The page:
Thank-you for the information. I guess I have used it for my "nerves" before. After I had picked up the bottle I was trying to remember this interesting article I had read about Colonel Taylor and his impact on the bourbon industry. It turns out it was chapter 20 of your book, "Bourbon, Straight". A great read.

    Who knows? Perhaps the Colonel himself was walking through his distillery that looked like a castle when this whiskey was first put in a barrel. I have always been almost as fascinated by the people and the history of the industry than I am of the drink itself.

    Todd

  5. #5
    My wife has been asking me to make her "hot toddys" lately. I guess I'm going to have to keep a bottle of cheap bourbon around from now on. No more Knob Creek or ETL or EWSB hot toddys around here!

  6. #6
    Connoisseur
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    Aug 2005
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    I always use Irish Whiskey for these, how does it taste with Bourbon?
    Tim

    I am going where streams of whiskey are flowing...

  7. #7
    Bourbonian of the Year 2003 and Super Moderator
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    I have always been almost as fascinated by the people and the history of the industry than I am of the drink itself.
    I have given it some thought and have really come to wonder what it is about Bourbon that causes this. Realistically does anyone care who mixes the batch for Coca Cola or would visit the plant just to watch the sugar being added? Does anyone want to watch the peanuts roasted and ground for Jiff? And so on. Truthfully, watching a piece about the 30 acre plant in Tennessee that makes Pringles was interesting, but none of these evoke the imaginations of the fans as this bourbon does.

  8. #8
    Bourbonian of the Year 2006
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    I beg to differ on Jif

    The one and only Jif Peanut Butter factory is in Lexington,KY. When they roast, I can smell it from the work, 2 miles away. I really enjoy stopping by and doing the tour and watching the process. Call me crazy, but I love peanut butter and Jif.
    They are pretty darned fussy about there product and the peanuts, oil and other ingredients that go in.
    BTW: They were selected as one of the TOP 100 Places to Work in the US.
    Jif is now owned by Smuckers.


    People in the U.S. eat, on average, 7 pounds of peanuts and peanut products per person, per year.
    170 million pounds of Jif are consumed in the U.S. each year. That's enough to make 2 billion peanut butter sandwiches, or to spread a football field with a layer 55 feet thick! (Now, there's a thought that'll stick to the roof of your mouth!)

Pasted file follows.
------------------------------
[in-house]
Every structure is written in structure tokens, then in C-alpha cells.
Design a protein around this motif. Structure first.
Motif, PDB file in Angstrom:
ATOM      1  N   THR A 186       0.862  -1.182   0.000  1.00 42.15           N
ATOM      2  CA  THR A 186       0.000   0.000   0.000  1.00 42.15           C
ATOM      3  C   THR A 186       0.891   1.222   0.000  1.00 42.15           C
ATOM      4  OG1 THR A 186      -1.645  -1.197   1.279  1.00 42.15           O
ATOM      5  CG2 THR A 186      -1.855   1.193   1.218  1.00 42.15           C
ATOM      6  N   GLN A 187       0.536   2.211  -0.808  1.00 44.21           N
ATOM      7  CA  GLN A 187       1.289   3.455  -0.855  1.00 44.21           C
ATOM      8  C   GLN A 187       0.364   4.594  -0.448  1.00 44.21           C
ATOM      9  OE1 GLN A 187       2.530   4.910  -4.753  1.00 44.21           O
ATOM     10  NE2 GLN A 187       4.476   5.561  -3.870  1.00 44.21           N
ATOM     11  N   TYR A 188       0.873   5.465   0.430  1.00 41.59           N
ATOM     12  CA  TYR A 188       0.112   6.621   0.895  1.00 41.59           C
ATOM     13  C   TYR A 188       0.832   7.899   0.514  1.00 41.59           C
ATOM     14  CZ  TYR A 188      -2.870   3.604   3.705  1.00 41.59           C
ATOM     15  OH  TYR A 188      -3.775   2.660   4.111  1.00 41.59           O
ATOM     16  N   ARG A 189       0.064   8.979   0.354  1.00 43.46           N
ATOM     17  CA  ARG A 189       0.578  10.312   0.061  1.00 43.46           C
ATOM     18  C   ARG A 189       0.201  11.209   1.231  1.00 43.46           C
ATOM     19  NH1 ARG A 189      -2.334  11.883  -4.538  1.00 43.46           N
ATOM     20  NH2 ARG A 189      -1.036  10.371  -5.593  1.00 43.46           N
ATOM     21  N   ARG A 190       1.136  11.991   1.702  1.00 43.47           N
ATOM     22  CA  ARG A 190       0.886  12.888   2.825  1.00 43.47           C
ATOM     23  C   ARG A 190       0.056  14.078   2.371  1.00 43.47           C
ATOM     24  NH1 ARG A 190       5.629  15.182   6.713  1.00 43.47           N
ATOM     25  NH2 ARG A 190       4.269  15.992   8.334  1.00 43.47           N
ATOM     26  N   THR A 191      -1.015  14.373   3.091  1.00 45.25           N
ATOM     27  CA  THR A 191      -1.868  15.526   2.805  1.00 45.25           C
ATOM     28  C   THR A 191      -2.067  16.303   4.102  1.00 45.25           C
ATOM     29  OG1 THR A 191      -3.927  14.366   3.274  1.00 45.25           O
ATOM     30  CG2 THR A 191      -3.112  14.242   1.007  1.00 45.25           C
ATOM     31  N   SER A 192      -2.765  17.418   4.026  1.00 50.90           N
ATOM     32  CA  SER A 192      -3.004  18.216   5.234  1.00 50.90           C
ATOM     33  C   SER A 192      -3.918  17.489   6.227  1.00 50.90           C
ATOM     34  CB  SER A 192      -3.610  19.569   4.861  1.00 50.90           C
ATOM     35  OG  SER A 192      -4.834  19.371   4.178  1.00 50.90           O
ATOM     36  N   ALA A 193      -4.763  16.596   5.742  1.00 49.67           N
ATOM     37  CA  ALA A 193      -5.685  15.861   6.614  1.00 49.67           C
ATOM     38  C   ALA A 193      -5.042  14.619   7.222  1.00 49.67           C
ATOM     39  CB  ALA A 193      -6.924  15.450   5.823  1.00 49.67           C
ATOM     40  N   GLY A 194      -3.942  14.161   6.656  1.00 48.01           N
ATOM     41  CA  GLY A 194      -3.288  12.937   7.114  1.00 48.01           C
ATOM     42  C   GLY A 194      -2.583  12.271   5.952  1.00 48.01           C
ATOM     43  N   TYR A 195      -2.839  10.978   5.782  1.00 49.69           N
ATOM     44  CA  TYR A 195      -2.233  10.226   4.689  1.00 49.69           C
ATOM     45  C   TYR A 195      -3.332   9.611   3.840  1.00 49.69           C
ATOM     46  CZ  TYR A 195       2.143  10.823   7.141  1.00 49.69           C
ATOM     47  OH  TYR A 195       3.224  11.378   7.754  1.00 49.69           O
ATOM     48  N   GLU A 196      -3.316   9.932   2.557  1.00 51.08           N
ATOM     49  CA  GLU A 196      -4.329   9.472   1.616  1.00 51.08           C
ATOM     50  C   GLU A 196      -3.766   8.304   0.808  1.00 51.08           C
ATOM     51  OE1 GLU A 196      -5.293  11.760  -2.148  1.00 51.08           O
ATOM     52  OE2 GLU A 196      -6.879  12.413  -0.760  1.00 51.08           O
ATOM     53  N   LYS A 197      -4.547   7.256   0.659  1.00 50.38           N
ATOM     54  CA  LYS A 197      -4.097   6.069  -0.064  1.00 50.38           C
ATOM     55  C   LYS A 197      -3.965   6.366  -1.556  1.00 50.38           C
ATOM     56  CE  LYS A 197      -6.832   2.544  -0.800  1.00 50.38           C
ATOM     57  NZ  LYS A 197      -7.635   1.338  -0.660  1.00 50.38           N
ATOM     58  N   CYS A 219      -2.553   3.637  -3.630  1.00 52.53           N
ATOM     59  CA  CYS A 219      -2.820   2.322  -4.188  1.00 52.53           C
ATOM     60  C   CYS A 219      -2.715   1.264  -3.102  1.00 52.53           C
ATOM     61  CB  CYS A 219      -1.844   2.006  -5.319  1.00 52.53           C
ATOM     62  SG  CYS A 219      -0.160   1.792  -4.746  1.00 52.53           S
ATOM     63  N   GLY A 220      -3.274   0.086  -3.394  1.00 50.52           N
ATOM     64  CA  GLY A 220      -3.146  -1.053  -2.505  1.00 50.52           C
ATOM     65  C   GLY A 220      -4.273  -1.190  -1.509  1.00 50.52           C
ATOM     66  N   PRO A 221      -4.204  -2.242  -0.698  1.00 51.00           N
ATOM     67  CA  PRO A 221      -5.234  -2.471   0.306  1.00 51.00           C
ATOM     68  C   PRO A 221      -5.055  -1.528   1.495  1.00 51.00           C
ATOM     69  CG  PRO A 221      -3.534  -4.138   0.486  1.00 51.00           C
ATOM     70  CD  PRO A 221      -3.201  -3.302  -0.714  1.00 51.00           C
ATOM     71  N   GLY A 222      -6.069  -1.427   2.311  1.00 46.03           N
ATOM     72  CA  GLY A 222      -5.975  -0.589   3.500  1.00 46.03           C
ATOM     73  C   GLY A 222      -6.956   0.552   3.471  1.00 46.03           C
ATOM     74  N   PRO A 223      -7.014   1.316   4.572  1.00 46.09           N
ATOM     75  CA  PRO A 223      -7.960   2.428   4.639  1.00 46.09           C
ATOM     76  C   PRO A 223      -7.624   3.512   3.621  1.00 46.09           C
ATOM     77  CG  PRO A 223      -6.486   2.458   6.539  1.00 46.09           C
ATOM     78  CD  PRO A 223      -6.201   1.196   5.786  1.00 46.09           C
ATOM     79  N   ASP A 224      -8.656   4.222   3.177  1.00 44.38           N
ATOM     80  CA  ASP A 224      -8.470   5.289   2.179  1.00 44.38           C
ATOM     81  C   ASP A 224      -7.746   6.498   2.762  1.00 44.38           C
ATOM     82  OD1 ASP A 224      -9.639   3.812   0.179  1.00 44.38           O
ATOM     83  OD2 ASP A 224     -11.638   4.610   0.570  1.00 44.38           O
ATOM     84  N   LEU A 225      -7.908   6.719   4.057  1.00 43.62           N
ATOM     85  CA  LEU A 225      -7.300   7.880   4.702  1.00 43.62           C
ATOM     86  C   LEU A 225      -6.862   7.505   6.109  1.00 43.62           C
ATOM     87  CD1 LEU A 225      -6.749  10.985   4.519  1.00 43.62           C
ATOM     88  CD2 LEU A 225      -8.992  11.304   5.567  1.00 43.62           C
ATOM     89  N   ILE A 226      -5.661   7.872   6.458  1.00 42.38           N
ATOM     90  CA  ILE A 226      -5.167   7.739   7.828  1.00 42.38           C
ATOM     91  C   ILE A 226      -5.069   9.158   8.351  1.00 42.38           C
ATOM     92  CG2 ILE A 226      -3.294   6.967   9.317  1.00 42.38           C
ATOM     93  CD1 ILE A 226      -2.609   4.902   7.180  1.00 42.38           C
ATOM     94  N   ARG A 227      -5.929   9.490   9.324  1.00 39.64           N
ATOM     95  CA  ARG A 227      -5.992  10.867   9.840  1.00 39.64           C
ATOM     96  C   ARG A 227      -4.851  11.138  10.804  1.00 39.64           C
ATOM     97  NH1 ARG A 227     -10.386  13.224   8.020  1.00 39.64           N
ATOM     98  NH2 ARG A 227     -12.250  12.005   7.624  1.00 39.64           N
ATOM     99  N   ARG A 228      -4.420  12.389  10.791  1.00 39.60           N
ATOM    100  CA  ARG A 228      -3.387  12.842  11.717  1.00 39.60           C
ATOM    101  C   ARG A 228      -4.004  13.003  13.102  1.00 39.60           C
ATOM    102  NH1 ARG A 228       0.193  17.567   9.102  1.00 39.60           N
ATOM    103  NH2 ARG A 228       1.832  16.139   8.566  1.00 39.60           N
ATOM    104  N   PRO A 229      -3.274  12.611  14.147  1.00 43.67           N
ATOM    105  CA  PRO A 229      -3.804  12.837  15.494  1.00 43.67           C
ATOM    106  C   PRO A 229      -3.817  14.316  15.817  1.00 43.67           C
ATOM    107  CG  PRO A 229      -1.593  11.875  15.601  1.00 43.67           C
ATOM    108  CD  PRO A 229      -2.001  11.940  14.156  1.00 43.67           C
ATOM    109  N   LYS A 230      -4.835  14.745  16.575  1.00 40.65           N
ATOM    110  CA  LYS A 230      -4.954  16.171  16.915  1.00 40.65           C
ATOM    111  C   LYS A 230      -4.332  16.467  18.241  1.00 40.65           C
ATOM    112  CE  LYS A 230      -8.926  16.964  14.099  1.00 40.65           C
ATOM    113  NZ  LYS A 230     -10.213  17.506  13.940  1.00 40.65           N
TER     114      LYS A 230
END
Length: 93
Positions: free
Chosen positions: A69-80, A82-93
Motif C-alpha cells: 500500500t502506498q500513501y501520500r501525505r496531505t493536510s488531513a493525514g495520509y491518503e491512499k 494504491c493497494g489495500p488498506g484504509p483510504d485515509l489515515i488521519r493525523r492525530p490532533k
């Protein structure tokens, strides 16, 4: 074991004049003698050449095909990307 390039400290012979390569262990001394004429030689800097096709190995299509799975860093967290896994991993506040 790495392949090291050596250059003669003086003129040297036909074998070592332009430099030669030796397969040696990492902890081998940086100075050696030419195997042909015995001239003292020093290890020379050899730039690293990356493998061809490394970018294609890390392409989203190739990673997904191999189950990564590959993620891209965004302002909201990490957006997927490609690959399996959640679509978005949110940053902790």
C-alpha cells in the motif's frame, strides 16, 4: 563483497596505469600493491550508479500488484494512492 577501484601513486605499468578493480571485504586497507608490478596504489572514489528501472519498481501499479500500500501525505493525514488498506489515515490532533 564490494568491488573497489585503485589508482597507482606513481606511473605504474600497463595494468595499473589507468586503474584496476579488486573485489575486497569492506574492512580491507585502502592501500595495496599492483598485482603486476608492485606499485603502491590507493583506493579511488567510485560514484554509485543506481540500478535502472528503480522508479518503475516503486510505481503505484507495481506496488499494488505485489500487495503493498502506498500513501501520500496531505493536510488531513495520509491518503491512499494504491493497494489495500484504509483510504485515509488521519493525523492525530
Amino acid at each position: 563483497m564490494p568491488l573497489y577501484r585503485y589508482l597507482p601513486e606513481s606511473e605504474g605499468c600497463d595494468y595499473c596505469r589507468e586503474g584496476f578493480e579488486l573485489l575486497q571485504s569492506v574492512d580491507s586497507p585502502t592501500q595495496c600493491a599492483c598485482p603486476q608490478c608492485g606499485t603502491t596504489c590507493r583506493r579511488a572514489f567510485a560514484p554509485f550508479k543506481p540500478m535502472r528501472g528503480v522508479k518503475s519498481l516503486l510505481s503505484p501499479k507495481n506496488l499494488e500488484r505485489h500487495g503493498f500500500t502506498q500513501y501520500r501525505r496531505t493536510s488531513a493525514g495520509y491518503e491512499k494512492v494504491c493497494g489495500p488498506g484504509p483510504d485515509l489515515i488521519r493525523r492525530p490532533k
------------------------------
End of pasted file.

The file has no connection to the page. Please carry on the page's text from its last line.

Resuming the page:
There are about 1,218 peanuts in a 28-ounce jar of Jif.
    It takes approximately 160 billion peanuts to equal the amount of Jif peanut butter produced in one year.
    Over 90,006 acres (140 square miles) of peanut crops are used to make one year's supply of Jif.
    About one in every ten peanuts grown in the U.S. for food use ends up in a jar of Jif.
    The Jif plant in Lexington, Kentucky is the largest peanut butter producing facility in the world.

    Information courtesy of Jif and the American Peanut Council.
    Colonel Ed
    Bourbonian of the Year 2006

    Comissioned by Paul Patton, 1999

    "It ain't the booze that brings me in here, it's the solace it distills"

  9. #9
    Bourbonian of the Year 2011
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    9,086
    I never knew Jif was made in Kentucky.

    I love peanut butter, and Jif is one of the best brands.

    Peanut butter and grape jelly. Anytime, and on white bread please.

    Gary

  10. #10
    Bourbonian of the Year 2003 and Super Moderator
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    Feb 2002
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    He's been gone a few years but I'll lift a glass for WT Young any day.

    http://horseracing.about.com/cs/news/a/aa011304a.htm

    So I wonder what bourbon pairs good with Jif?

    http://www.bluegrassflow.org/News%20...s/wtyoung.html

    A little more info. When he started his stables he wanted then decorated extensively with Daylilies and John Rice of Thoroughbred Daylilies started his breeding program there.
    Last edited by bobbyc; 02-13-2006 at 16:45.
    ___Bobby Cox___
    ____________

    May you have wonderful things thought of to do...